Kirk Foster: So, what is the scale of food insecurity in South Carolina?
Omme-Salma Rahemtullah: I think in a state like South Carolina that has a very long history of slavery and crop sharing and lack of access to growing food just to secure an income to be able to afford food is more stark down here in the South than I think that you would find in more urbanized regions. So that urban/rural divide and that long legacy of slavery.
Kirk Foster: Can you draw that connection for the listener between these historic contextual realities and what I might say are some of the modern-day manifestations of that context? Again, you've talked a couple of times about the history of slavery, redlining, other sorts of historic economic barriers. So, can you draw that or pull that thread through those arguments for us, telling us why that matters today? Because a listener might say ‘Well, you know the federal government has SNAP’ or a lot of people may still think of those as food stamps, so we're addressing this. So why bring up the past?
Omme-Salma Rahemtullah: So, I'll just give a quick example that is very, very recent. The USDA just announced that they wanted to compensate Black farmers for land that was basically taken from under them. There's just like a history of Black farmers being marginalized from their land, and the Biden administration wanted to provide $4 billion, and it is going through debt relief for minority farmers, but there is such a resistance from banks. The banks will kind of lose the debt collection from those farmers, so it's just this wildly. I know that's not necessarily answering the question that you asked. But you can see that what that is is just kind of the power of the rich, the power of the banks to really keep Black farmers in poverty. So, if that's happening right now in 2021, imagine what that historically looked like.
Kirk Foster: We all know that nutrition is important. So, talk to us a little bit about the impacts of food insecurity in children, in adults. I can think about a number of things related to brain development and the like. But talk to us about why this is important because of the impact.
Michelle Troup: Food insecurity is correlated with a number of poor health outcomes for children and adults. And it really comes down to food insecurity leads to malnutrition. So, a lot of times we are confused when we see that obesity and diabetes, diseases that we would relate to over-nutritious, to too much food in your diet, if you will, related to food insecurity or the scarcity of it. It really comes down to what kind of food you have access to.
Kirk Foster: So, we're nearing the end of our time, and I wanna circle back around to the impact question. And y'all have intimated in several different points in our conversation today that this is much more than, to say what I said earlier, much more than ensuring that people have a box of fresh fruits and vegetables. And again, this podcast is more than just informing folks about issues but inspiring and equipping listeners to make a difference. So, talk to us about ways we can move the needle on food insecurity.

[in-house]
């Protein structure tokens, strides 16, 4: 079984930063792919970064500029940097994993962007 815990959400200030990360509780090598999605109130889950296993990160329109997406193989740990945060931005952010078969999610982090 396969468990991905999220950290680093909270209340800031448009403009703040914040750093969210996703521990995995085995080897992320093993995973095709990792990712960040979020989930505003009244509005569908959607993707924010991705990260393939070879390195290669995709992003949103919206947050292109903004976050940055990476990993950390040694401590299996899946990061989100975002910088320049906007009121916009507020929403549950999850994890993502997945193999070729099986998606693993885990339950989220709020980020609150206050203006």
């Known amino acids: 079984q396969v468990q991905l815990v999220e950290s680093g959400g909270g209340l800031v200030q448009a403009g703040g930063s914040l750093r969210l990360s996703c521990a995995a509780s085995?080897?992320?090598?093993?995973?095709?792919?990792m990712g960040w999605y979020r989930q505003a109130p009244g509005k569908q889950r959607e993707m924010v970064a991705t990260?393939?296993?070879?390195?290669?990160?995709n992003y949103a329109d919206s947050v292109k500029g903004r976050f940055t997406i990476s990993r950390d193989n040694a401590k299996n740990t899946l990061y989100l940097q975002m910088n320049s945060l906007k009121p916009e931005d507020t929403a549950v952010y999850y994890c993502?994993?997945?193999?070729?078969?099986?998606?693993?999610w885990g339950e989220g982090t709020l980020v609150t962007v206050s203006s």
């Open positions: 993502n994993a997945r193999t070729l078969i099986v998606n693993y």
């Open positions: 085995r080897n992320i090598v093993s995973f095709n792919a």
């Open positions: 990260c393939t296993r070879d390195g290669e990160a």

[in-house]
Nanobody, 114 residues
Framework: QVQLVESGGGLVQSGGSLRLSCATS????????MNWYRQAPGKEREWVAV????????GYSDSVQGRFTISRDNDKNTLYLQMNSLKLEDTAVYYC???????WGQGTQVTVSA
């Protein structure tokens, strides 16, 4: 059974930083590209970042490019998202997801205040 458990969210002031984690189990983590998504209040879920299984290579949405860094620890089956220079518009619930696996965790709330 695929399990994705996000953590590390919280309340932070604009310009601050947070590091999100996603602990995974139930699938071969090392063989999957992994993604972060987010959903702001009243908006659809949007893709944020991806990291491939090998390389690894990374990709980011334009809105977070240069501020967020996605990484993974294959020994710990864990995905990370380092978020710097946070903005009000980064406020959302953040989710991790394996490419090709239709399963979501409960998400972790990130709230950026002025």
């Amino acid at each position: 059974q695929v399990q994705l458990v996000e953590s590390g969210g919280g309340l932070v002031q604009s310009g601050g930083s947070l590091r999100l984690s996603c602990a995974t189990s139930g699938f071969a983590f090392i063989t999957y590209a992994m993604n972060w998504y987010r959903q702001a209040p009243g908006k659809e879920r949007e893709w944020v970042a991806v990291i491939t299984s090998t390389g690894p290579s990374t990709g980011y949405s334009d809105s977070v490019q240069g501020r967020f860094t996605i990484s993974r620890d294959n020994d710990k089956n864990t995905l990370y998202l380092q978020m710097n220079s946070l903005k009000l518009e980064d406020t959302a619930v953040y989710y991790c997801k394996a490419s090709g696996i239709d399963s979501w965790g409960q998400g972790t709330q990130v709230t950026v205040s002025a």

Courtney Watson: I think the number one way that we can move the needle, so to speak is the fight for $15 and other types of movements that fight for living minimum wage. As I mentioned, this is a structural issue, and it needs a structural solution. So just thinking big picture in a state like South Carolina, we're still at $7.25. Can you imagine that that's what people live off of? And to further compound that, the state has a law that says that municipals and cities cannot raise the minimum wage, right?
So, this state is actively fighting against dignified living. On a more kind of macro food level, I would say definitely continuing programs such as Healthy Bucks, which is really important. It's a SNAP incentive program to buy fresh fruits and vegetables. So instead of being paternalistic and telling SNAP recipients what they can and cannot buy on their SNAP cards, this provides and incentive to buy fresh fruits and vegetables. So, for example if you spend five dollars on fresh fruits and vegetables, you get an additional $10 to also spend on fresh fruits and vegetables, and it's a really important part of our program. So, initiatives like that are also really important and I'll just plug that there's a bill right now in our house to provide access for Black farmers, creating programs, access to land. So, programs like that are part of a reparations movement I think are also really important. So, there's lots of angles to it, I think.
Cindy Watson: I think some of us who are knowledge holders around the empathy and compassion of food insecurity, having continued conversations with our friends, family and neighbors about what it looks like to just hold less stigma of those who are receiving support for food. It should be seen as a fundamental basic right for folks, and it doesn't necessarily matter what the cost is to us.
Kirk Foster: Thanks for joining me today, and for those of you listening, thanks as well. Go out and make a difference.